Focusing your energy and marketing dollars on finding customers most likely to be star performers will develop your business faster than trying to get attention indiscriminately. Being able to identify your ideal customer will improve your results, whether you have an established business or are launching a startup.
Finding your ideal customer when you have an established business
Use your CRM system to identify the existing customers with which you have success. What characteristics do they share? Are they in the same industry? What about the sizes of those companies — are they small in terms of their size and revenue, or are they large? Do they have a common pain point or problem that you solve?
All of these questions are a great start, but don’t stop there. Get out of your office and go visit them in the place where they are using what they buy from you. Observe. Ask open-ended questions. Get to know what drives them, and what drives them nuts.
What benefit are you delivering to them, from their perspective, not yours? With this understanding, you can set about finding more like them. Hint: Referrals from existing happy customers will bring you more warm prospects.
If your business is just starting out…
If your business is still fairly new, You won’t (yet) have much data about who responds well to what you’re offering. You’ll need to approach your analysis like a scientist, says John Jantsch of Duct-Tape Marketing. First, hypothesize your initial value proposition. Why are you and your product or service the best to meet the needs of the customers you think you want to reach?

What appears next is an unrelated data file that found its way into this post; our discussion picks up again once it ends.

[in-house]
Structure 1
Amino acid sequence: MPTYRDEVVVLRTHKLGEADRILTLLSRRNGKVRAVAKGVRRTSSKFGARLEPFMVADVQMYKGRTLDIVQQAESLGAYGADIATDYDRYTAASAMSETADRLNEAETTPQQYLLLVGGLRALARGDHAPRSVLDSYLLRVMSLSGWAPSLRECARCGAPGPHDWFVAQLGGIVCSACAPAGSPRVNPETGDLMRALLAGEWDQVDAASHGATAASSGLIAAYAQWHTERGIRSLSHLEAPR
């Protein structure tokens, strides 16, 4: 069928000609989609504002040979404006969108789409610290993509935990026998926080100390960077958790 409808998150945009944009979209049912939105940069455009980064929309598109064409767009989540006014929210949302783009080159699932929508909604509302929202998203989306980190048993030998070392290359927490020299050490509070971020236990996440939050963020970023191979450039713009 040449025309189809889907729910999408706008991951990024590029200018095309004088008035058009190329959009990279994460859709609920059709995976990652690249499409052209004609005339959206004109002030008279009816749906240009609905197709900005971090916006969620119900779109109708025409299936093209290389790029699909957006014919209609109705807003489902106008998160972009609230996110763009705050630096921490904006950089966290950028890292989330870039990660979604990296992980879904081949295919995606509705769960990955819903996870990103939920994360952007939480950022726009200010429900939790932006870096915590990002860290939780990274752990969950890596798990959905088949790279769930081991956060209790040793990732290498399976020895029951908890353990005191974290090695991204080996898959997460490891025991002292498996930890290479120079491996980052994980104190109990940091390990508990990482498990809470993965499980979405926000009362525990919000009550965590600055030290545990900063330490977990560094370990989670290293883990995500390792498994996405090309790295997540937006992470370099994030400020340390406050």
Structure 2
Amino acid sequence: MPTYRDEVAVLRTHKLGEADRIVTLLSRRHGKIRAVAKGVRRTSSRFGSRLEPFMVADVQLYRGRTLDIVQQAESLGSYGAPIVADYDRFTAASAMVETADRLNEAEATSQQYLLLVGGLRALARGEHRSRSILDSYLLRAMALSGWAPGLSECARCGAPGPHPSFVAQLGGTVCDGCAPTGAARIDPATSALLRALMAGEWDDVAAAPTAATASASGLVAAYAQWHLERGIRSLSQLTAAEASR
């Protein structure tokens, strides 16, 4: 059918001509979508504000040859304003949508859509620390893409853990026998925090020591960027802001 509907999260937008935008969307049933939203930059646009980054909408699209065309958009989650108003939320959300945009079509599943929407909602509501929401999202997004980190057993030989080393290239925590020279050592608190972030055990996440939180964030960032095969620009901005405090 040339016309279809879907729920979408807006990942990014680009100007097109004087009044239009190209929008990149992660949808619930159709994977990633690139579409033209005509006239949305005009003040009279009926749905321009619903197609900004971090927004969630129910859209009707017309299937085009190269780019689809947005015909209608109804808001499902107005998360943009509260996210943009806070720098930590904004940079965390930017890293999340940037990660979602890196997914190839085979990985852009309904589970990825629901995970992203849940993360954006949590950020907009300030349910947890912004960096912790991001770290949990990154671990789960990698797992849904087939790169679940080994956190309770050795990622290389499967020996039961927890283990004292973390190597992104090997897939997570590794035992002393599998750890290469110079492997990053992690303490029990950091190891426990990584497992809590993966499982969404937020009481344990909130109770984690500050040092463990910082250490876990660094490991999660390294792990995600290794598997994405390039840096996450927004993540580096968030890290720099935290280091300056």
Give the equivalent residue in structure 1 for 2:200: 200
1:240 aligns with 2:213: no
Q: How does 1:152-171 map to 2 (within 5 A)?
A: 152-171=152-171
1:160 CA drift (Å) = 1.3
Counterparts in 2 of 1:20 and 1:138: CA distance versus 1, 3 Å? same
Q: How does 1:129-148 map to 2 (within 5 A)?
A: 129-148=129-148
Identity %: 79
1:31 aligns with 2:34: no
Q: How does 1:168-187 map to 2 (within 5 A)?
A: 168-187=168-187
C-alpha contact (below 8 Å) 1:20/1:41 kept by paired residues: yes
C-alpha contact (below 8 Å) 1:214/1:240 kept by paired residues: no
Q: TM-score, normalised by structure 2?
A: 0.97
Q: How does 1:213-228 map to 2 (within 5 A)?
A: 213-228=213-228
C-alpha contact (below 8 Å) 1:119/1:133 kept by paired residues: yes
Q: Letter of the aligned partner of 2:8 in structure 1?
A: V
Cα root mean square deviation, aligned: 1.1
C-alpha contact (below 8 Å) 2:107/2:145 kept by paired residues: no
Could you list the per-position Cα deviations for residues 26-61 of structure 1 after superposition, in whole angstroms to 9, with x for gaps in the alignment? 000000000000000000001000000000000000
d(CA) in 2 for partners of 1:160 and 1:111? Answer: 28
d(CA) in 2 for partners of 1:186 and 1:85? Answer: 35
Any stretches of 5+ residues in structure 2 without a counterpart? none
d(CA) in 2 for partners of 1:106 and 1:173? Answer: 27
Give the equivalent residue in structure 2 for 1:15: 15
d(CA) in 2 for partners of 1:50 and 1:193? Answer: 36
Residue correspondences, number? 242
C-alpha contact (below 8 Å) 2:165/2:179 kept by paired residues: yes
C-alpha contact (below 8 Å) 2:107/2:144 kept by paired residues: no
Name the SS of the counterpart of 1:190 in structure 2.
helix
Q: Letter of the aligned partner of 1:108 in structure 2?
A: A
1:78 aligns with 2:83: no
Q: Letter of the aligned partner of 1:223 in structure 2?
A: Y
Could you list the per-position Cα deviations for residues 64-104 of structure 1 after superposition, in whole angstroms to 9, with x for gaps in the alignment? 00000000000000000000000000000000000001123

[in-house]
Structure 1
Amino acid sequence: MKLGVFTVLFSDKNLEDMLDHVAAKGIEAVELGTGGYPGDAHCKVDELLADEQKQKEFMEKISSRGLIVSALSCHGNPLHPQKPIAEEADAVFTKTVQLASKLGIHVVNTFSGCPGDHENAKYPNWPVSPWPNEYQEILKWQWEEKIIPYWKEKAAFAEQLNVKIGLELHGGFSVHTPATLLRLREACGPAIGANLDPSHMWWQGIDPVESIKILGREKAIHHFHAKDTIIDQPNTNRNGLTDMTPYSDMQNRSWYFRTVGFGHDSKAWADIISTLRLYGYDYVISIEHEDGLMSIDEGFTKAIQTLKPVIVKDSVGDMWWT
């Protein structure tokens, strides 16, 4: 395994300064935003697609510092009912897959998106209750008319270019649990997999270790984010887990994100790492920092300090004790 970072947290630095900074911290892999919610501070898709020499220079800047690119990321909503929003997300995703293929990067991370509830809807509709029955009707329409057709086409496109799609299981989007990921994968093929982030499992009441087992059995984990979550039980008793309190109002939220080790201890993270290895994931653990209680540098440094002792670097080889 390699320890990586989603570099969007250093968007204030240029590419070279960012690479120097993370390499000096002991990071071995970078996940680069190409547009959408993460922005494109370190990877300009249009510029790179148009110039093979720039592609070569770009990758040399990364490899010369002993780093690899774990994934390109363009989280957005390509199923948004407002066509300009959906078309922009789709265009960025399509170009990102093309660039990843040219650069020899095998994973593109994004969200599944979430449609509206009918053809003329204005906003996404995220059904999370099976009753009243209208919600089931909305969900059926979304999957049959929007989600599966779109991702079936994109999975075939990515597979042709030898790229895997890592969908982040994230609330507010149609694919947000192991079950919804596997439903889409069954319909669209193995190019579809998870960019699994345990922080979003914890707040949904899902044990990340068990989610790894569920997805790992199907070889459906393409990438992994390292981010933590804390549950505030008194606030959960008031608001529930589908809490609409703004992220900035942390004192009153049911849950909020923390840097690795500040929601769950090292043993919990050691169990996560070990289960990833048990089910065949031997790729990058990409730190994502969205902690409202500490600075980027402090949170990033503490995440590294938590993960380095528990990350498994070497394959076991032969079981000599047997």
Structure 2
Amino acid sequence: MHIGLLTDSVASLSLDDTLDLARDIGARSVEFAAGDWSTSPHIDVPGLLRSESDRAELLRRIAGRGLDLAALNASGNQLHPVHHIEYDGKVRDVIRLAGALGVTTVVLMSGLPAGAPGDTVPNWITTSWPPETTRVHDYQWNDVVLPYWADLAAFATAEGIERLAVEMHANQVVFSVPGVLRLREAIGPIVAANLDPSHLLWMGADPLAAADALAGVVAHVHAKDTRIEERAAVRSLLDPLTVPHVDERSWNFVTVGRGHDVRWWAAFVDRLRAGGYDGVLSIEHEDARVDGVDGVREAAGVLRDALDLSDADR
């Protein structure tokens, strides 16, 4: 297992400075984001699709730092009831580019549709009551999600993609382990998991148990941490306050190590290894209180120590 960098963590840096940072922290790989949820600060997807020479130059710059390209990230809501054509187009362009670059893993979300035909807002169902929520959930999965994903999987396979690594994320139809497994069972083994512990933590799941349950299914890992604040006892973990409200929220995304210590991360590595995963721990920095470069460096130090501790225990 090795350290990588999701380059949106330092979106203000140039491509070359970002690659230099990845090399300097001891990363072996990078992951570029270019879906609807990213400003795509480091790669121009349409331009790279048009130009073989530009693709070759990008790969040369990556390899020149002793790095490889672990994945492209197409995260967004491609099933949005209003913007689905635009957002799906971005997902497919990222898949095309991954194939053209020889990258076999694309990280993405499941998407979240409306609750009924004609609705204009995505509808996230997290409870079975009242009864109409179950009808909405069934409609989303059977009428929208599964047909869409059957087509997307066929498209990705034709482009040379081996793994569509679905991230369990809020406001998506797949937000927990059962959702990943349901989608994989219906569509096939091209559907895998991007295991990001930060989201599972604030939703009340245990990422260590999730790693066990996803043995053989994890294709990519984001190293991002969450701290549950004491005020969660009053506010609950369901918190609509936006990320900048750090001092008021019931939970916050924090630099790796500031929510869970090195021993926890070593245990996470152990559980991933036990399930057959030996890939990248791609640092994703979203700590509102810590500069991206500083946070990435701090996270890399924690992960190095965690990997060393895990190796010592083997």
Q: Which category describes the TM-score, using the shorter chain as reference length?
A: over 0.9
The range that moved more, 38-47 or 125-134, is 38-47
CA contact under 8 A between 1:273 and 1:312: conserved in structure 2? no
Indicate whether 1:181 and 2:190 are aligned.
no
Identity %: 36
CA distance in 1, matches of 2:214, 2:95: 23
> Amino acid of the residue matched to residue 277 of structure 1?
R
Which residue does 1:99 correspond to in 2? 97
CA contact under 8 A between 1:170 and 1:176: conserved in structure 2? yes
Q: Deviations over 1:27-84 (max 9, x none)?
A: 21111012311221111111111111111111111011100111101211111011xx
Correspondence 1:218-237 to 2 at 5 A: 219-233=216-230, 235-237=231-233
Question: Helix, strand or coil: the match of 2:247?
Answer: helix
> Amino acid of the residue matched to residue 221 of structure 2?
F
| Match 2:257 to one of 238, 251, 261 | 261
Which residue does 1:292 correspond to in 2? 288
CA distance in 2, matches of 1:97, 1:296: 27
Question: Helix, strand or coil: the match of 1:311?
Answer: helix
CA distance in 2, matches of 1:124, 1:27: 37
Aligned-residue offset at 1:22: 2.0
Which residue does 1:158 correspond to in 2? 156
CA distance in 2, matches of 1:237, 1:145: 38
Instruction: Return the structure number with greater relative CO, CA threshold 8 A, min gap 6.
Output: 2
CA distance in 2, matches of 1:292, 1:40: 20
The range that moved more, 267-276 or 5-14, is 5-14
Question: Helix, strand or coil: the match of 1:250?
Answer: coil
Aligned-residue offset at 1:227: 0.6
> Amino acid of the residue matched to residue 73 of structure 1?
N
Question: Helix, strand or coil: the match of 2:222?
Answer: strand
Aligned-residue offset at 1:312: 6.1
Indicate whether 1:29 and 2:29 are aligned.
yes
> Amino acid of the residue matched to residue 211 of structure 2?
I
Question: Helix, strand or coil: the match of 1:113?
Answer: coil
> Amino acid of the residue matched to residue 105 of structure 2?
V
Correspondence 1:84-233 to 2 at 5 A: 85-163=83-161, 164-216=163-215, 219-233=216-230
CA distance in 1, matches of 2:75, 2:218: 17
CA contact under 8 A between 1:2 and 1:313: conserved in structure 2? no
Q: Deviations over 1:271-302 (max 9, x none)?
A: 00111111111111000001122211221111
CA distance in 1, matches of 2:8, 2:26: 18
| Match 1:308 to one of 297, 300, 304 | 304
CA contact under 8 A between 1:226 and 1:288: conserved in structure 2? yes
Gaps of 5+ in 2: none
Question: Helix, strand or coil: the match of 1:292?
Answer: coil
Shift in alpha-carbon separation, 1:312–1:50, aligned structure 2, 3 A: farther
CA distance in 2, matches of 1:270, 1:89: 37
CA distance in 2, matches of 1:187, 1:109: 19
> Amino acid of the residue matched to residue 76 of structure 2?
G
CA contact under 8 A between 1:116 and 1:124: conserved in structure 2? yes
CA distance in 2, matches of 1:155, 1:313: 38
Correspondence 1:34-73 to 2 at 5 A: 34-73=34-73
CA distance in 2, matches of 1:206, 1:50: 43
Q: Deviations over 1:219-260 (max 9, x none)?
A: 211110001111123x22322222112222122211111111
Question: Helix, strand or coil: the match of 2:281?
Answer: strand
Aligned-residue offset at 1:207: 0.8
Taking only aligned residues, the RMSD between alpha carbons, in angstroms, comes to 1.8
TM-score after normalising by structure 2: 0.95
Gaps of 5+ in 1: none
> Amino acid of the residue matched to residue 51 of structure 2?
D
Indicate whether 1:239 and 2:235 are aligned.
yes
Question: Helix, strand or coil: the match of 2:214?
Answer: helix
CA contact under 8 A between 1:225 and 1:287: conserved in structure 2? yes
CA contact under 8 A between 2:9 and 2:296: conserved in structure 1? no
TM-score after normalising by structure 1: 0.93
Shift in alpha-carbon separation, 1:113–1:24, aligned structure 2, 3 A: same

Next, test your hypothesis. Get out of the office and go where likely customers are. They don’t know you yet, so you may have to be creative. Is there a professional association or networking event where they gather? Make connections there. Perhaps you can survey people who take you up on an offer of a free sample or consultation.
Now, sort responses to get insights into who likes what you have and why. Depending on what you learn, design or modify your business model components and strategy, always keeping the focus on your customer. “You must always stay in test and refine mode in order to move forward,” says Jantsch.
In either one of these scenarios, your research should reveal your ideal customers. Now it’s time to sketch out a customer persona. There actually may be more than one ideal customer, and if that’s the case, you should create a persona for each one. Include demographic information, business type, professional and personal life priorities, pain points, and any other details that help you and your team understand these very important people to your business.
By focusing your sales and marketing messages on your most ideal customers, you’ll not only make more profit — you’ll also enjoy developing relationships with them, and they will become your biggest ambassadors.